Source: Teaching and Teacher Education, Vol. 28, No. 5, (July, 2012), p. 768-779.
(Reviewed by the Portal Team)
Adaptive teaching expertise is a critical component of quality teaching.
University-based supervisors should employ specific supervision styles and discourse types during post-lesson observation conferences to help student teachers develop adaptive competencies such as, justifying decision-making, balancing experimentation and risk to pupils, and discussing instructional adaptations to address pupils’ contextualized-needs.
The purpose of this study was to identify the supervision styles and types of discourse used when addressing or failing to address the three specific problems.
The participants were three student teachers and three university supervisors from the same public university on the mid-Atlantic coast of the United States of America.
Data collection instruments were developed based on the work of Harrison et al. (2005), which described five supervision styles: telling, active coaching, guiding, inquiry and reflecting.
The findings revealed that the first supervisor's use of the guiding and reflecting supervision style resulted in conferences, which yielded the most discussions of novice problems and opportunities to develop adaptive expertise.
The third supervisor’s use of guiding, reflecting, and telling supervision styles and the second supervisor’s telling supervision style each resulted in less than half the amount of opportunities afforded during the first supervisor's conferences.
These results suggest that the telling conferencing style is not strongly related to opportunities for discussing novice problems in ways that contribute to the development of adaptive expertise.
The findings also suggest that student teachers and supervisors do not use critical discourse to capitalize on opportunities to develop adaptive teaching expertise.
Critical and justificatory discourse types are necessary to use when a supervisor requires that a student teacher articulate internal decision-making processes and judge the value of decisions.
These types of discourse are aligned with guiding and reflecting supervision styles.
The author used three problems as a framework to learn how university-based supervisors helped student teachers engage in conversations around these common experience-based problems.
These three common and well-researched problems which novices encounter during field experiences that hinder the development of adaptive expertise were (1) unquestioned familiarity, (2) dual purposes, and (3) context .
1. Unquestioned familiarity
When a student teacher thinks that what is a familiar practice is what is most appropriate, the unquestioned familiarity problem occurs.
This problem damages opportunities to develop adaptive teaching expertise because student teachers do not make deliberate decisions in their application of teaching methods or instructional techniques.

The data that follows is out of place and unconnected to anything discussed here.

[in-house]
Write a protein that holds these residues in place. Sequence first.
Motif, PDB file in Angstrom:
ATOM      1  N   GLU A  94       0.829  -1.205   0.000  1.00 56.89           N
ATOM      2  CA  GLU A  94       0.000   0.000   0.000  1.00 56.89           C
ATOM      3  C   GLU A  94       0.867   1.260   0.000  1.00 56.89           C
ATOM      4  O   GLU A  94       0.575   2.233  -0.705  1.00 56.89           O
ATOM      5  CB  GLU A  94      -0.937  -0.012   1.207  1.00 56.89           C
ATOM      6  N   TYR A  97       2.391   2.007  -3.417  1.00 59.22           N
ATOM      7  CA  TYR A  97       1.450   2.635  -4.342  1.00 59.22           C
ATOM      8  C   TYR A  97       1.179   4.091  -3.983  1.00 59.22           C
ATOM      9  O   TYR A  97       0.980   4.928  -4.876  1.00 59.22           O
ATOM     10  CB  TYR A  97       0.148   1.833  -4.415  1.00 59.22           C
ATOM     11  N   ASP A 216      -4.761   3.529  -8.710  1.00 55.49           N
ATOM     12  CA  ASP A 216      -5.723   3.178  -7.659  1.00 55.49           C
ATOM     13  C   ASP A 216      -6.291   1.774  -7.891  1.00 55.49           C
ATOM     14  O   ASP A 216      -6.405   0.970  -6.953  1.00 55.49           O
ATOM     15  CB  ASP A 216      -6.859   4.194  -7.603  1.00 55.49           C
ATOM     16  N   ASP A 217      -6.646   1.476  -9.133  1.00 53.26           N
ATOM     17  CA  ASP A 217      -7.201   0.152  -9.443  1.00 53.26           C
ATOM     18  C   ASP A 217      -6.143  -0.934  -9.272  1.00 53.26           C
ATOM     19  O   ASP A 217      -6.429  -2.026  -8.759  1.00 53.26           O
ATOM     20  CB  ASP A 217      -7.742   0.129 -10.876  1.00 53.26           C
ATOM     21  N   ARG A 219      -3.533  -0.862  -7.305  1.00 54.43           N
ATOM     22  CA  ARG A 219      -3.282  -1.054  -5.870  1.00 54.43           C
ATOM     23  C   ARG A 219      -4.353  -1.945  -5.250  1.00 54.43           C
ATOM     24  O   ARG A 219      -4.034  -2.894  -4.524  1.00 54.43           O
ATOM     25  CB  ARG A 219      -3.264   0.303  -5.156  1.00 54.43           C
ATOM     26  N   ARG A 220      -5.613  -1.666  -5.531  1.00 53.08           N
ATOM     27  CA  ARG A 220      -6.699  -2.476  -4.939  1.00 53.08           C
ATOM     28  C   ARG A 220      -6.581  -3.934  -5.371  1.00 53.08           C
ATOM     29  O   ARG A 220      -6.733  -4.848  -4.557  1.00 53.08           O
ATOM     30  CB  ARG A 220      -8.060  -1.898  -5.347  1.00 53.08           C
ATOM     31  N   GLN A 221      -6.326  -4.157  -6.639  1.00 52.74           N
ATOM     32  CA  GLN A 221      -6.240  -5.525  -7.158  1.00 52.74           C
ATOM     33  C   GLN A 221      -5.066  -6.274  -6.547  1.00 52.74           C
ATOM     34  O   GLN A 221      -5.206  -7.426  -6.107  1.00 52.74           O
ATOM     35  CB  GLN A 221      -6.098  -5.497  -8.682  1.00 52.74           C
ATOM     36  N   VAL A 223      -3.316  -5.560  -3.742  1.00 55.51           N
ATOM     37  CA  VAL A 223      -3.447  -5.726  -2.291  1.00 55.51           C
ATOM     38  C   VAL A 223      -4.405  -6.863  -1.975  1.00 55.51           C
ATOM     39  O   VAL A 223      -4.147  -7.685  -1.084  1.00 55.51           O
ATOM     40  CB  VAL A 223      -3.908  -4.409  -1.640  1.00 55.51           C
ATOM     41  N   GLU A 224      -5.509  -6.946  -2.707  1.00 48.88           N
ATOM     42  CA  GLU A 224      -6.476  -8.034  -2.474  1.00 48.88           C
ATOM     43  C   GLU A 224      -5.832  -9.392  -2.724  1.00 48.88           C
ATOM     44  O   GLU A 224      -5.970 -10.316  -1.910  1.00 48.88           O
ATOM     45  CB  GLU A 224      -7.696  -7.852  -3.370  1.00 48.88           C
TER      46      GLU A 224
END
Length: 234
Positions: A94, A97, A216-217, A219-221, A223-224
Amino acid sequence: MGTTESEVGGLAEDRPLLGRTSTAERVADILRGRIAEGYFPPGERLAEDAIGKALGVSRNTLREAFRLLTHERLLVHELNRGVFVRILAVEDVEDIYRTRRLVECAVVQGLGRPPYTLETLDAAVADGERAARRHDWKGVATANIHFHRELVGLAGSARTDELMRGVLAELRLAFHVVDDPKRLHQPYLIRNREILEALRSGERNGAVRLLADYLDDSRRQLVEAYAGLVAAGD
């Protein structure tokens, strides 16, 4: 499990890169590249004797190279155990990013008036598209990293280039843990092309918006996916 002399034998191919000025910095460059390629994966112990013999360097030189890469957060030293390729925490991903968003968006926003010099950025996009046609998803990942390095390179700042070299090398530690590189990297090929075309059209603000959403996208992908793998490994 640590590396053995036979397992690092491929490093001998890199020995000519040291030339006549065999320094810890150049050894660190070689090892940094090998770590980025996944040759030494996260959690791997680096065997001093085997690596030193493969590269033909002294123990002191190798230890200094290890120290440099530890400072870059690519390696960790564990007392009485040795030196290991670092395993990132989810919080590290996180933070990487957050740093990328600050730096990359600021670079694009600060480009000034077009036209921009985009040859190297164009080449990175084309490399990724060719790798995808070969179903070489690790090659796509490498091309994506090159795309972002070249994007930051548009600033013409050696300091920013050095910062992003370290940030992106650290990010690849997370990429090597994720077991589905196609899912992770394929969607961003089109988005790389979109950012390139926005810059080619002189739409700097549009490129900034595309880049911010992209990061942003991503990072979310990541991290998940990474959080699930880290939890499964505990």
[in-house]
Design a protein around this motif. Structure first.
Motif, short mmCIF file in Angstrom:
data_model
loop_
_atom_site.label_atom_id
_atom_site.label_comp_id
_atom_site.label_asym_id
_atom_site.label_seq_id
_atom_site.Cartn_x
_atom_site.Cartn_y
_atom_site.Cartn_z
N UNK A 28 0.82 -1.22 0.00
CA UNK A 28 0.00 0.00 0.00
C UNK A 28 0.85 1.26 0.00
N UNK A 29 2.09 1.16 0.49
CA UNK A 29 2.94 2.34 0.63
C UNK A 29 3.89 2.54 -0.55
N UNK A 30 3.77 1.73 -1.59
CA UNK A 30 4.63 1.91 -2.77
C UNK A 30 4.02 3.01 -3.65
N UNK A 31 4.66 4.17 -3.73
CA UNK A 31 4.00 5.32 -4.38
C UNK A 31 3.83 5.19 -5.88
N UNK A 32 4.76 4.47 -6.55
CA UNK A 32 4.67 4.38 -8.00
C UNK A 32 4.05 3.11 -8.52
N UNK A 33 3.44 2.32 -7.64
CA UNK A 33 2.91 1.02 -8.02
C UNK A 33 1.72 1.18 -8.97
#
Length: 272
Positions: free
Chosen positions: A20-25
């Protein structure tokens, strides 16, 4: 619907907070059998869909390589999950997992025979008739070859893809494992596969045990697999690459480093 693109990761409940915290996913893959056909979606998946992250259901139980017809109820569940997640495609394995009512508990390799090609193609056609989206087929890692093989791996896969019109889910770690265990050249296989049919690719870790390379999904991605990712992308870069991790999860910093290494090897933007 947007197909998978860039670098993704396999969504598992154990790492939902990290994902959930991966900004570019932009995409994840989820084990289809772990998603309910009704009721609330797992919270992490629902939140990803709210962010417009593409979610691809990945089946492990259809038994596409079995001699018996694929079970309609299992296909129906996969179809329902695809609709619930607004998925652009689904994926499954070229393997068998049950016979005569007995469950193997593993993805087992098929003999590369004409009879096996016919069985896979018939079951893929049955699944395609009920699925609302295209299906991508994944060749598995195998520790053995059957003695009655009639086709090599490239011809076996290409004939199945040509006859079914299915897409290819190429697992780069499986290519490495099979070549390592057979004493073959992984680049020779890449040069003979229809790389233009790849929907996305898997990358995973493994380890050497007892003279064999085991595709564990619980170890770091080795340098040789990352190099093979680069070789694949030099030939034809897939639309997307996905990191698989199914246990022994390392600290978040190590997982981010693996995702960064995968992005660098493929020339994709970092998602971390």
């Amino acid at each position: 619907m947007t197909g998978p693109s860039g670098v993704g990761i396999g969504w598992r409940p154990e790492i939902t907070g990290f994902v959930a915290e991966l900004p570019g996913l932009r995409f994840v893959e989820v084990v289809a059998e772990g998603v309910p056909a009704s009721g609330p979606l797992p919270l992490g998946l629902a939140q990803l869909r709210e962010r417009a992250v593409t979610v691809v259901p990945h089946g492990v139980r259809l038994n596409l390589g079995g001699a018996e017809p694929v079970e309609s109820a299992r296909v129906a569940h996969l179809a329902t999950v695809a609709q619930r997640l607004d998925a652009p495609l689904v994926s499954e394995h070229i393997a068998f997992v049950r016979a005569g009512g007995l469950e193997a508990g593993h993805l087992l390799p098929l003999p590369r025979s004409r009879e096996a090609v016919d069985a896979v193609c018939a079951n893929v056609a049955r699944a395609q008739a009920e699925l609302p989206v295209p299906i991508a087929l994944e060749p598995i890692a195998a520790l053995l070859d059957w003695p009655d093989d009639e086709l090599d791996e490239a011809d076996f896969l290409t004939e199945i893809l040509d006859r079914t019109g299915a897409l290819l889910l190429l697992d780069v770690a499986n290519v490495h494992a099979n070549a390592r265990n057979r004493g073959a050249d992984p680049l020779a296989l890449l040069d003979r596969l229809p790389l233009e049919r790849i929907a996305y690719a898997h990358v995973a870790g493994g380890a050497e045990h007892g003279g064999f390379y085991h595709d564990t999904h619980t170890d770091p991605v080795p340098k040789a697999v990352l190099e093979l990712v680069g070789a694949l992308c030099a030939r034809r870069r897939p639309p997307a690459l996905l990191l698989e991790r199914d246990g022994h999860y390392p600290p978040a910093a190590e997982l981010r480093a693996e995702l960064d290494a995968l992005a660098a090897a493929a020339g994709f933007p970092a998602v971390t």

Rather, they use what is familiar, missing out on learning how to strategically adapt their understanding of teaching and learning, a major tenet of adaptive teaching expertise.
If student teachers are not prompted to justify their decisions opportunities for developing adaptive expertise are lost.
2. Dual purpose problem
The dual purpose problem is obvious due to the dual purposes of the practicum classroom: the simultaneous education of student teachers and their pupils.
The student teacher needs opportunities to discuss ways in which they have practiced balancing these two purposes while minimizing risk to their pupils.
Experimenting with instructional decisions in the classroom promotes teacher learning.
The need to balance student teacher experimentation and ensure positive pupil learning is difficult and forces the student teacher to recognize the duality of purposes.
3. Context problem
The context problem occurs when the novice student teacher is not aware that a variety of contextual aspects, such as student characteristics, physical classroom environment, cultural factors, and community setting, will likely impact his or her pupils’ engagement with the instructional content.
An adaptive expert teacher will acknowledge and make decisions based on contextual factors.
Due to the design of this particular university’s teacher preparation program, student teachers had a unique opportunity to recognize deep contextual shifts because they all completed two eight-week placements in different schools.
Findings show that even though supervisor and student teacher pairs address certain problems during some conferences, they miss the opportunity to discuss the same problems during other conferences.
This finding suggests that if adaptive teaching expertise is a learning goal, supervisors must be consistently aware of the types of problems which, when discussed, are opportunities to learn how to develop adaptive teaching expertise.
The author concludes that this study generated support that supervisors can purposefully employ discourse types and supervision styles so that student teachers learn to articulate their rationales and justifications for decision making, balance their own learning while managing risks to pupils, and deliberately use contextual and pupil cues to make adjustments to their instructional decisions.